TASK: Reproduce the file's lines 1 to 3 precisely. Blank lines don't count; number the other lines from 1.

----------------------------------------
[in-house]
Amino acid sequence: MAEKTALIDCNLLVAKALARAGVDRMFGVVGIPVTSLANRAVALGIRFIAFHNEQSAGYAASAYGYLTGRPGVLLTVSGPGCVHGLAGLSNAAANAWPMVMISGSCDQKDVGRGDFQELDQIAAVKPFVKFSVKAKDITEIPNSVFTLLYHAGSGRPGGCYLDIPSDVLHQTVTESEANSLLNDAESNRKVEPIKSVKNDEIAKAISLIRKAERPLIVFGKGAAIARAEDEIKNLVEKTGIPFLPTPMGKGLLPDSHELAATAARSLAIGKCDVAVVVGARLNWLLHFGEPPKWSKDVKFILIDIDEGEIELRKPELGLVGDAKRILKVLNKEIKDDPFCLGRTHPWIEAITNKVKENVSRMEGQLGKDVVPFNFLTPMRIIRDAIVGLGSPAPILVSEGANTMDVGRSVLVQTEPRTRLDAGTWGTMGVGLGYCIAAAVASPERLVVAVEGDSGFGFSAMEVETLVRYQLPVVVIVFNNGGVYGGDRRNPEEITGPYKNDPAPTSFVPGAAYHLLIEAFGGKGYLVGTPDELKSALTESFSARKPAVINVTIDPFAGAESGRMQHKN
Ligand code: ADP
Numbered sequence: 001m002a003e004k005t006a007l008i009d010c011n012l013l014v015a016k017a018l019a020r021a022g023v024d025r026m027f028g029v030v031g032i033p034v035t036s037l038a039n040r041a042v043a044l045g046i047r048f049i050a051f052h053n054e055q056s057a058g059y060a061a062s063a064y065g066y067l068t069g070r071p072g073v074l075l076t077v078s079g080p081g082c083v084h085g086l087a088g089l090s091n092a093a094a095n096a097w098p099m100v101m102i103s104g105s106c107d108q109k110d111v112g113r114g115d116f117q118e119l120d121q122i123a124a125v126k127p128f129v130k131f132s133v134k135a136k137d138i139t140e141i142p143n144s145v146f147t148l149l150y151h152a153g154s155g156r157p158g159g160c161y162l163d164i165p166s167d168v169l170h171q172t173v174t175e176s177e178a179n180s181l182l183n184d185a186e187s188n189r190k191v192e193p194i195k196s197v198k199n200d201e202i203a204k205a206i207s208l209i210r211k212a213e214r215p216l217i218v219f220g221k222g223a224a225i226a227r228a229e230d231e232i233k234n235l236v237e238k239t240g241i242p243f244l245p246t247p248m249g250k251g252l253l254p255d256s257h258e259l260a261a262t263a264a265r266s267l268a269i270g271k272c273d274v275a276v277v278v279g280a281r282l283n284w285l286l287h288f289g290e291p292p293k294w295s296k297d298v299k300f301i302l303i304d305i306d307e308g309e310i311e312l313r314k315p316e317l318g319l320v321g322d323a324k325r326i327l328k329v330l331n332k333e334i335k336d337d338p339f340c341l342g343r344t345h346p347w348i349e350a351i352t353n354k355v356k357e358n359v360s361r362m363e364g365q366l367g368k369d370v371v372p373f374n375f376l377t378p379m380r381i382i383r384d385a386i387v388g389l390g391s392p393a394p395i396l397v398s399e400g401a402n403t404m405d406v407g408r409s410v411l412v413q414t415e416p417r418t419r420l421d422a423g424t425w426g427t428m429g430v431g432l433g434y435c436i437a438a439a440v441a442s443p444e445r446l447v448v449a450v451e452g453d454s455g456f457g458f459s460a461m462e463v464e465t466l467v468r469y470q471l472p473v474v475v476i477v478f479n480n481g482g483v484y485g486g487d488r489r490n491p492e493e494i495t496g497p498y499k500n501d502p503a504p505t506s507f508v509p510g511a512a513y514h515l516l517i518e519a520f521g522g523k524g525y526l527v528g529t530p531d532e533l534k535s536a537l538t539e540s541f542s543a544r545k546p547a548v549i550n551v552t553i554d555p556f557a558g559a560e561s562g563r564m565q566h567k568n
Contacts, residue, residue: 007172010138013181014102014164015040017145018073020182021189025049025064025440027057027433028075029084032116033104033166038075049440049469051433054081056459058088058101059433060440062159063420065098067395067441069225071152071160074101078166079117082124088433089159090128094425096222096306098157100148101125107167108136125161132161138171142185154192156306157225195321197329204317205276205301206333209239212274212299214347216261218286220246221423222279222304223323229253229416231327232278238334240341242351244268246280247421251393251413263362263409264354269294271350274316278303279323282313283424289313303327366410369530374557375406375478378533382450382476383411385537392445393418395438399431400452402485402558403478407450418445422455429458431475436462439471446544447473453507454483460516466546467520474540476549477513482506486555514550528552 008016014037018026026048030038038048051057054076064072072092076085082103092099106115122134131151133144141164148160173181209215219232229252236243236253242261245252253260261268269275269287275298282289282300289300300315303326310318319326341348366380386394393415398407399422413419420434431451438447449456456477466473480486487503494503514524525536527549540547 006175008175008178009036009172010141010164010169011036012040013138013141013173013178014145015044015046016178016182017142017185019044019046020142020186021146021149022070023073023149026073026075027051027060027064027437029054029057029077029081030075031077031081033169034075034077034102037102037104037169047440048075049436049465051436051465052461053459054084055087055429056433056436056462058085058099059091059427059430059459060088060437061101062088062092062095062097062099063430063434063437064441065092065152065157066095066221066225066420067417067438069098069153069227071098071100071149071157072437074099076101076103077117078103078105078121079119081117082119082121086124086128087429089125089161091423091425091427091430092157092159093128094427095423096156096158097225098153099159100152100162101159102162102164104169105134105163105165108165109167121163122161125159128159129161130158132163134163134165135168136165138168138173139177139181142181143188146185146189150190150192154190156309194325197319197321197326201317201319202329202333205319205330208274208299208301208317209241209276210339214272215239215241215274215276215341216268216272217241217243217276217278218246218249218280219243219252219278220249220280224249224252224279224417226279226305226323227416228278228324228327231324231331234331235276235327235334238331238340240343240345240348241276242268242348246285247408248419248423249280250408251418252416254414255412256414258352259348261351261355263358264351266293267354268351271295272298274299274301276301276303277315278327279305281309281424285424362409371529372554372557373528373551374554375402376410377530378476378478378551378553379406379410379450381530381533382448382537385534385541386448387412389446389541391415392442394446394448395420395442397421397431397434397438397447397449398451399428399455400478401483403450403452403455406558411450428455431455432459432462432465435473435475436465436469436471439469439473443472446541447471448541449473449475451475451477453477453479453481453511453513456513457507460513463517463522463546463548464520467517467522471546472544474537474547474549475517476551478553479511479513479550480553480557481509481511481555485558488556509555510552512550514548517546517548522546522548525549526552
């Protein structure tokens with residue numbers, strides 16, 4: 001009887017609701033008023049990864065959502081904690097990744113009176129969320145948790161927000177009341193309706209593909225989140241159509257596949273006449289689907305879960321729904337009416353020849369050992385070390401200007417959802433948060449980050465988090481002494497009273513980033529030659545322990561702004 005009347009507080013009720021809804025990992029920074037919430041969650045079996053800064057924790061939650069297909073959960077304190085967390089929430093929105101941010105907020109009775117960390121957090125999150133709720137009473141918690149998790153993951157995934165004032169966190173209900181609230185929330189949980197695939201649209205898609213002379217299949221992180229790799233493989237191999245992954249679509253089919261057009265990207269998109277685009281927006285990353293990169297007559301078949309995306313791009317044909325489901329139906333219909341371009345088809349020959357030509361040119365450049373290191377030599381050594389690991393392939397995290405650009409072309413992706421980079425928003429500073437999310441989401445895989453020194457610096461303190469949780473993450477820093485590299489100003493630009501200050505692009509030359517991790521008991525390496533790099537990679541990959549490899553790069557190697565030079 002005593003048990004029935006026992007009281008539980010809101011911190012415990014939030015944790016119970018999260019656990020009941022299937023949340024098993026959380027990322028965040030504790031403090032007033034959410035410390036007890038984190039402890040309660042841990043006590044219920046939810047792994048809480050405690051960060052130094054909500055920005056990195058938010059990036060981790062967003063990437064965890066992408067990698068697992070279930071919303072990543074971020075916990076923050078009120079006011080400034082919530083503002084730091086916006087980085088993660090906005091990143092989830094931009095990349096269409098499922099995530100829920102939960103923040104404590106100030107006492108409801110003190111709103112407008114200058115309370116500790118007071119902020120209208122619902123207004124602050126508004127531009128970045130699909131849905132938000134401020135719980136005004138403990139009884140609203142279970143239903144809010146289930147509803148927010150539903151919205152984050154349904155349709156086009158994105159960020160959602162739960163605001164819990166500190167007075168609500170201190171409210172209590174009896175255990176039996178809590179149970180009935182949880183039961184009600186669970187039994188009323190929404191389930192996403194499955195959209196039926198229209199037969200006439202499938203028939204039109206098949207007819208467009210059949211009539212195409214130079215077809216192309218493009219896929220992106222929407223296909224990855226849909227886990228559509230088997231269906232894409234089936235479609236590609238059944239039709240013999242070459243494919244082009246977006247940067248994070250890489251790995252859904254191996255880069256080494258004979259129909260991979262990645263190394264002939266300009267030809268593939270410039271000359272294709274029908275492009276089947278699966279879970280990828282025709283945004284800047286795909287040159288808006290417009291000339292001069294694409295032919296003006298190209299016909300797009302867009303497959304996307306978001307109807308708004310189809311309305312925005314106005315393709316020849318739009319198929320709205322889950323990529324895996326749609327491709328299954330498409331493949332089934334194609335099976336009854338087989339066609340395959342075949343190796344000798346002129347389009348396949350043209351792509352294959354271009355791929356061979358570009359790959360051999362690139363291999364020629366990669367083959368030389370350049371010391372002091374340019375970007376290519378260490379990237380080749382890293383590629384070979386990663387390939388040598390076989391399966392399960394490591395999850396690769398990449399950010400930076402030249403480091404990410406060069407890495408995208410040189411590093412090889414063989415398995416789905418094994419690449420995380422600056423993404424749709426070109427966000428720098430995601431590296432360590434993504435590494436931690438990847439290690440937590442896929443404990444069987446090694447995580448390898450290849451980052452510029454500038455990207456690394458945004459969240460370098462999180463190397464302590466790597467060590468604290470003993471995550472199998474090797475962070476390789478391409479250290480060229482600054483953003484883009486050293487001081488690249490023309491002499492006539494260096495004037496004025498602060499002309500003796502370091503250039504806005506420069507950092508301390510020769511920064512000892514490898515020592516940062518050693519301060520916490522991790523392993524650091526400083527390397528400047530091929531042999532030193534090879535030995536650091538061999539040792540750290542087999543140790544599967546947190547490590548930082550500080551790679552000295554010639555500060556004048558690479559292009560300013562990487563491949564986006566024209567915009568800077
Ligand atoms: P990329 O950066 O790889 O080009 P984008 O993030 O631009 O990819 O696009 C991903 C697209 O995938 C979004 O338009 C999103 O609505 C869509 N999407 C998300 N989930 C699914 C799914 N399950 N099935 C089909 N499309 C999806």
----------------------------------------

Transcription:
[in-house]
Amino acid sequence: MAEKTALIDCNLLVAKALARAGVDRMFGVVGIPVTSLANRAVALGIRFIAFHNEQSAGYAASAYGYLTGRPGVLLTVSGPGCVHGLAGLSNAAANAWPMVMISGSCDQKDVGRGDFQELDQIAAVKPFVKFSVKAKDITEIPNSVFTLLYHAGSGRPGGCYLDIPSDVLHQTVTESEANSLLNDAESNRKVEPIKSVKNDEIAKAISLIRKAERPLIVFGKGAAIARAEDEIKNLVEKTGIPFLPTPMGKGLLPDSHELAATAARSLAIGKCDVAVVVGARLNWLLHFGEPPKWSKDVKFILIDIDEGEIELRKPELGLVGDAKRILKVLNKEIKDDPFCLGRTHPWIEAITNKVKENVSRMEGQLGKDVVPFNFLTPMRIIRDAIVGLGSPAPILVSEGANTMDVGRSVLVQTEPRTRLDAGTWGTMGVGLGYCIAAAVASPERLVVAVEGDSGFGFSAMEVETLVRYQLPVVVIVFNNGGVYGGDRRNPEEITGPYKNDPAPTSFVPGAAYHLLIEAFGGKGYLVGTPDELKSALTESFSARKPAVINVTIDPFAGAESGRMQHKN
Ligand code: ADP